The war of words across the Taiwan Strait is heating up as Taipei approaches a vote on a controversial referendum bill. Until recently, Beijing has not threatened action, but now that it has, it must follow through.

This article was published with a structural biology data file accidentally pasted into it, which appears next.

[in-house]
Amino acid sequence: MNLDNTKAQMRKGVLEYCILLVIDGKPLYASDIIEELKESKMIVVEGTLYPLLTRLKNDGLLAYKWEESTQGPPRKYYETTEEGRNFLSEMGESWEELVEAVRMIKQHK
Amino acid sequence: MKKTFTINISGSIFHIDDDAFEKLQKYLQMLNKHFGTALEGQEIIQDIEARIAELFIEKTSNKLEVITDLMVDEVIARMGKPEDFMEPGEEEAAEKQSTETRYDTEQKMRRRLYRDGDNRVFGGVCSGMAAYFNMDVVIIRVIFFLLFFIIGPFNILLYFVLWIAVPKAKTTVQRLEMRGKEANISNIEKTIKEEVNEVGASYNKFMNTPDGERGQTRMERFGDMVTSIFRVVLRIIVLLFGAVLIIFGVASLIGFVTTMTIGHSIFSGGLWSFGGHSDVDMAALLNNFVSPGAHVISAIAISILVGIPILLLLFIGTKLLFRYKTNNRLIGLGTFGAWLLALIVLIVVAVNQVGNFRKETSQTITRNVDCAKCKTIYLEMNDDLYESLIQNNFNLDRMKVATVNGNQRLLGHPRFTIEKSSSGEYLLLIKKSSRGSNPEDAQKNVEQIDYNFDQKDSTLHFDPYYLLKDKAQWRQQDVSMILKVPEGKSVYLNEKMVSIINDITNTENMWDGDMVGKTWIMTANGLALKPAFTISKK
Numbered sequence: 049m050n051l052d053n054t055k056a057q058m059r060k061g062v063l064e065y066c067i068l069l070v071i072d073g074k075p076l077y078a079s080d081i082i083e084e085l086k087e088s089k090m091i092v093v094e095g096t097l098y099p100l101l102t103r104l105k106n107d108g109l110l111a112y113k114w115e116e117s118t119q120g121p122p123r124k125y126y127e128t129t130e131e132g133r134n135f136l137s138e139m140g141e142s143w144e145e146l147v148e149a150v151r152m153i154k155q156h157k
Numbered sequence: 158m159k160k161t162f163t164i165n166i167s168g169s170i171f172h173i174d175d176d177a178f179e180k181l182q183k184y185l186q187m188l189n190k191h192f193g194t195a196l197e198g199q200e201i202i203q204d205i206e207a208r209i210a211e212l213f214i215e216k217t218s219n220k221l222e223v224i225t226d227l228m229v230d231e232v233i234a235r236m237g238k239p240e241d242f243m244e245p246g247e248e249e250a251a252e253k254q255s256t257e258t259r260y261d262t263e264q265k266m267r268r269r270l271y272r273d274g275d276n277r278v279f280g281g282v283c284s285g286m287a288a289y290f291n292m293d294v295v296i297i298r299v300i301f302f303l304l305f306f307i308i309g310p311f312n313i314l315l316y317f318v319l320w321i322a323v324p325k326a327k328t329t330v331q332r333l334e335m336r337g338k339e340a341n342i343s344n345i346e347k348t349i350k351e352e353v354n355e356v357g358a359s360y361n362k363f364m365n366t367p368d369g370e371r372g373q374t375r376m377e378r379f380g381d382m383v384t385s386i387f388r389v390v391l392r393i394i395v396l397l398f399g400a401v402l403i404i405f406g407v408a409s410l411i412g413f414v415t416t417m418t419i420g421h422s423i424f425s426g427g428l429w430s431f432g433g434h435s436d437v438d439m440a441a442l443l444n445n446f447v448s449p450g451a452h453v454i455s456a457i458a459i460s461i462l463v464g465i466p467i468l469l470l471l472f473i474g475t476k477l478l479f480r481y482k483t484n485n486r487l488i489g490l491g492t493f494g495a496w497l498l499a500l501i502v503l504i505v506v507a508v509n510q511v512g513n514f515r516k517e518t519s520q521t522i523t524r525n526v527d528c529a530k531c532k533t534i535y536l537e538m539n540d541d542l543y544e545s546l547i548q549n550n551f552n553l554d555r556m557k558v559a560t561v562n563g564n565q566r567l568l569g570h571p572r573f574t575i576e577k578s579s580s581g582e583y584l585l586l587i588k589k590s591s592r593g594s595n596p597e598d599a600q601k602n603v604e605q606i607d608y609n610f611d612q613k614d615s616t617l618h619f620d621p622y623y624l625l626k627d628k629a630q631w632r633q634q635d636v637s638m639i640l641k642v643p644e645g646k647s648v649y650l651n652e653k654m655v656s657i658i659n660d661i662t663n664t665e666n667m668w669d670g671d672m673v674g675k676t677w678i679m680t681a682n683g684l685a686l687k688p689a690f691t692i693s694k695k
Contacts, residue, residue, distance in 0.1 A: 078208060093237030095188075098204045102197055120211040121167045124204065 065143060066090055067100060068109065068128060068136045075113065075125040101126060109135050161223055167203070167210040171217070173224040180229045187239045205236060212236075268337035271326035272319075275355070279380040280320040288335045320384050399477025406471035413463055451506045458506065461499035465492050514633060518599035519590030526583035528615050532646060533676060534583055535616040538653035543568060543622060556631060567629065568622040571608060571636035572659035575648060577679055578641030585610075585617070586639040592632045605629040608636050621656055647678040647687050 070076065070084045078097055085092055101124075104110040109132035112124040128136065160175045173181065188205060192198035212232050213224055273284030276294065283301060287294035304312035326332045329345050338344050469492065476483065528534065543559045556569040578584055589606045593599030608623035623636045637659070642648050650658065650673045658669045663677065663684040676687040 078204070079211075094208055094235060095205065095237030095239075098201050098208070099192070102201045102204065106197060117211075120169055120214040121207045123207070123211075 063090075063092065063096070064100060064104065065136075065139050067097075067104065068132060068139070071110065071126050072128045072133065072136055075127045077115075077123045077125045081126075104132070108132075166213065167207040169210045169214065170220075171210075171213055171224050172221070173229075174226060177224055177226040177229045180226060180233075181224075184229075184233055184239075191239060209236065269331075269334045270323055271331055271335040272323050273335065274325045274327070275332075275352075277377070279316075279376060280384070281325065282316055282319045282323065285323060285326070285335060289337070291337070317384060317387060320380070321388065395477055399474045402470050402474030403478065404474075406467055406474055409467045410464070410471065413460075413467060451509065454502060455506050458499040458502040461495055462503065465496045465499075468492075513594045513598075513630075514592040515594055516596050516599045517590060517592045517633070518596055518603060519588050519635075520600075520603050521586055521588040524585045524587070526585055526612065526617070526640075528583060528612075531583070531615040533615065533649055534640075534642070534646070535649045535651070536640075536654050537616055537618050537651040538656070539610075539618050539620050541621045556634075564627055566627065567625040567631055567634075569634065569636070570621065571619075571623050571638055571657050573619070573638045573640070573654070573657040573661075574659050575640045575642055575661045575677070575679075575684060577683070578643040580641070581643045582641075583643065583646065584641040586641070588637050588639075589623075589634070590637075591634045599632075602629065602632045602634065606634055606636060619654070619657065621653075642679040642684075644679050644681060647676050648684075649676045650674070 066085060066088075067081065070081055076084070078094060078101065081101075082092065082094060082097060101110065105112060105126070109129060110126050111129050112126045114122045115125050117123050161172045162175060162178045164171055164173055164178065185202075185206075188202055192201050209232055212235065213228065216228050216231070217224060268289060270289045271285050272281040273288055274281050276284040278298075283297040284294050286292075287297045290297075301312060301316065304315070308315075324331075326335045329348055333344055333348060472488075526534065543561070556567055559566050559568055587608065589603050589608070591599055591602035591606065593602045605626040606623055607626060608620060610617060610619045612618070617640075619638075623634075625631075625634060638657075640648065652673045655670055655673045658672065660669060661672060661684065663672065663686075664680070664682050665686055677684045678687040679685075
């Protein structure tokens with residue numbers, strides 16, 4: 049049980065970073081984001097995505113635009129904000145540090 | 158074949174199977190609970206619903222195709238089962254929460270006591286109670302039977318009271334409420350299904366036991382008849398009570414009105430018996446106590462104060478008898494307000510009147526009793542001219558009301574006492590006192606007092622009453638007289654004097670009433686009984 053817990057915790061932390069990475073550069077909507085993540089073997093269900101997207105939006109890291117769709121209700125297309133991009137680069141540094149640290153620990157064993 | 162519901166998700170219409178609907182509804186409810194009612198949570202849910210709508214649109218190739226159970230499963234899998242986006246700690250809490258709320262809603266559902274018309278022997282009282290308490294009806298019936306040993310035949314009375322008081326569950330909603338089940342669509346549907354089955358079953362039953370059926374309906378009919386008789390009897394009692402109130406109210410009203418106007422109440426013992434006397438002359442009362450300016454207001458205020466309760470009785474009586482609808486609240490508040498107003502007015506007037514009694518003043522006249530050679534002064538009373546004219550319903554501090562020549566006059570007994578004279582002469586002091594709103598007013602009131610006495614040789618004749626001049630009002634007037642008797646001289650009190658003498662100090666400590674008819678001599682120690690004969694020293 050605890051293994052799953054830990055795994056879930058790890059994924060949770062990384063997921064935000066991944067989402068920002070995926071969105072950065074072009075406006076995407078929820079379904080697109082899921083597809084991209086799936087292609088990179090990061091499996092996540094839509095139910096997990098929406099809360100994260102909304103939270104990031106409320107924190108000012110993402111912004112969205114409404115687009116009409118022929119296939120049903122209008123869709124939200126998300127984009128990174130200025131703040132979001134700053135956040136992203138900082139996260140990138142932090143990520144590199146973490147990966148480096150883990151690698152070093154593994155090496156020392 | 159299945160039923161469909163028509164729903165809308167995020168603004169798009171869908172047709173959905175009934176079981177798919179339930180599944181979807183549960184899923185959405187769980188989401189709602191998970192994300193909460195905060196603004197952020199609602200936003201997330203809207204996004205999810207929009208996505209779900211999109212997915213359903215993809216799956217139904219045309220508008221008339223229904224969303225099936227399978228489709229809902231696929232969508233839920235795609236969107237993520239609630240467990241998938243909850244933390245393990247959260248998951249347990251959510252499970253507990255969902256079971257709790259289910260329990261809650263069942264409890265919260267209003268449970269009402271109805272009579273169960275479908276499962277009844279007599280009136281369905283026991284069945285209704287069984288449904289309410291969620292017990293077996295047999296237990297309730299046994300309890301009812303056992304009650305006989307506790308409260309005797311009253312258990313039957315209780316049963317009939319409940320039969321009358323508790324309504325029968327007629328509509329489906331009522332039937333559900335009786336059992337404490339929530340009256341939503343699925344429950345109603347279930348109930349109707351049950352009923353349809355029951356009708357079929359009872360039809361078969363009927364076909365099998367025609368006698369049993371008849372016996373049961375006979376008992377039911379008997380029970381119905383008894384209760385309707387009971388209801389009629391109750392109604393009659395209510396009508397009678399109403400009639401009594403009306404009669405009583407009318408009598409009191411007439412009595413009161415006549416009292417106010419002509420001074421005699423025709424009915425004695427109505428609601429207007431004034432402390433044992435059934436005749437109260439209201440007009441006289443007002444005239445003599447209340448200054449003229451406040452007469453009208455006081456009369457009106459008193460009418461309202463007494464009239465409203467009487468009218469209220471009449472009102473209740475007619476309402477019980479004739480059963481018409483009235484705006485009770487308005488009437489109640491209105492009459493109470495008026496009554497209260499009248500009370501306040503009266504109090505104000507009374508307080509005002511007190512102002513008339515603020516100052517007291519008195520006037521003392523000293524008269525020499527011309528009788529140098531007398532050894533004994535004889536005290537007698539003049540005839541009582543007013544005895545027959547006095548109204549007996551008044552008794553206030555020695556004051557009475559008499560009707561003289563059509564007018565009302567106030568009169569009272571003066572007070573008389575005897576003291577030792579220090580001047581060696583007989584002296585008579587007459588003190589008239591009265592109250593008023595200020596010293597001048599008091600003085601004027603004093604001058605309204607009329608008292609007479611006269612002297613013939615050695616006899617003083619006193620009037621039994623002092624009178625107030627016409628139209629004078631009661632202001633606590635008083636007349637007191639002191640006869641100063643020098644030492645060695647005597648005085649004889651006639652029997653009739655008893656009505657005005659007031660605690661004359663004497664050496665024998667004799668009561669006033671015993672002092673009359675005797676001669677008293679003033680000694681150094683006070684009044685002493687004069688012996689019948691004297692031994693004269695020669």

Zhang Mingqing, spokesman for China's Taiwan Affairs Office, said Beijing would come out with a 'strong reaction' if Taiwan passes a referendum bill on Nov. 27. The heated rhetoric has sparked new fears that a crisis is approaching in the Taiwan Strait. Beijing's latest warning follows Prime Minister Wen Jiabao's statement that China would "pay any price" to prevent Taiwan's independence. Until very recently, Beijing preferred to play coy in response to Taiwanese President Chen Shui-bian's election politicking and his provocative calls for a plebiscite and constitutional reforms — legal measures Beijing views as steps toward eventual independence. By heating up its rhetoric, China has painted itself into a corner and now must act if the referendum bill is passed — or its longstanding threat to use force against the island if it tries for independence will lose legitimacy. The problem is Beijing would prefer not to have to take strong measures against Taiwan: To do so would aid Chen's election campaign, which is based almost entirely on independence issues. Furthermore, cross-strait tension also risks war with the United States and the loss tens of billions of dollars in Taiwanese investment on the mainland if events spiral out of control. To make matters worse, Taipei knows it and Washington knows it too. Beijing probably would be better off if it ignored Taiwan's elections and just left Chen to battle the opposition Kuomintang (KMT) and People's First parties, because every aggressive statement or action likely serves only to boost Chen's standings. However, internal Chinese politics have a logic of their own, and it is not always clear to outside observers. Even if Chinese President Hu Jintao would prefer not to provoke a cross-strait confrontation at this time, he is probably under heavy pressure from parties within the highest echelons of power in China to act against the island. So even though things might be best left alone, they will not be. This leaves STRATFOR asking what China can do to pressure Taiwan without virtually guaranteeing Chen's re-election and appearing utterly weak when challenged by the island's increasing cries for national sovereignty. Beijing could opt to launch a swift and devastating military strike on the island, but we feel the U.S. Seventh Fleet still vetoes that option at this point. More likely, China will start with light pressure that either causes some pain for Taiwan or frightens Washington and voters on the island — prompting them to turn against Chen. Such options include, but by no means are limited to, one of the following. First, Beijing could choose to cut off all visits by Taiwan residents to the mainland for a short time. This would be a low-cost, highly symbolic gesture that would disrupt lucrative business ties between the two sides and could make many Taiwanese reconsider the island's relationship with China. This measure is far less bellicose than missile tests and warnings that China is willing to "spill blood" to prevent Taiwan's independence. A second, more aggressive tactic would be some spectacular but nonviolent demonstration of China's growing military might. For example, if a Chinese Xia-class ballistic-missile-capable submarine slipped undetected into the eastern waters of Taiwan or even farther in the Pacific — say Hawaii — it might give policymakers in Taipei and Washington pause. Such a move could prompt Washington to throw a lot of cold water on Taiwan's moves toward independence. These measures would be clear expressions of Chinese power, and neither is too provocative to overheat the situation in a way that would work against Beijing. We suspect Chinese political and military leaders have come up with a few ideas of their own. We could expect see them at work soon.